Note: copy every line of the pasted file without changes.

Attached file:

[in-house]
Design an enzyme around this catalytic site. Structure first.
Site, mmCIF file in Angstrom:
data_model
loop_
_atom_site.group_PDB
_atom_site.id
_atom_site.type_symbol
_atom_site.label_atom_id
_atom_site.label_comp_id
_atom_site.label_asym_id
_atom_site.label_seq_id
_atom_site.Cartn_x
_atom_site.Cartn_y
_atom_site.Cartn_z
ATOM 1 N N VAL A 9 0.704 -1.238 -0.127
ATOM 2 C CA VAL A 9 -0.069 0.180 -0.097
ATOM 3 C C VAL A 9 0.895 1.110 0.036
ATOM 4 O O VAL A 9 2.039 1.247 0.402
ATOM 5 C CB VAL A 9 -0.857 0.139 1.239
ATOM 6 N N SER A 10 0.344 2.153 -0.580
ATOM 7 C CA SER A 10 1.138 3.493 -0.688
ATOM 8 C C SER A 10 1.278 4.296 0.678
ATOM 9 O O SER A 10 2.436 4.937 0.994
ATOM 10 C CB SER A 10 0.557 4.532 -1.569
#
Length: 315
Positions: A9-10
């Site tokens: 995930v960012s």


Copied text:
[in-house]
Design an enzyme around this catalytic site. Structure first.
Site, mmCIF file in Angstrom:
data_model
loop_
_atom_site.group_PDB
_atom_site.id
_atom_site.type_symbol
_atom_site.label_atom_id
_atom_site.label_comp_id
_atom_site.label_asym_id
_atom_site.label_seq_id
_atom_site.Cartn_x
_atom_site.Cartn_y
_atom_site.Cartn_z
ATOM 1 N N VAL A 9 0.704 -1.238 -0.127
ATOM 2 C CA VAL A 9 -0.069 0.180 -0.097
ATOM 3 C C VAL A 9 0.895 1.110 0.036
ATOM 4 O O VAL A 9 2.039 1.247 0.402
ATOM 5 C CB VAL A 9 -0.857 0.139 1.239
ATOM 6 N N SER A 10 0.344 2.153 -0.580
ATOM 7 C CA SER A 10 1.138 3.493 -0.688
ATOM 8 C C SER A 10 1.278 4.296 0.678
ATOM 9 O O SER A 10 2.436 4.937 0.994
ATOM 10 C CB SER A 10 0.557 4.532 -1.569
#
Length: 315
Positions: A9-10
């Site tokens: 995930v960012s």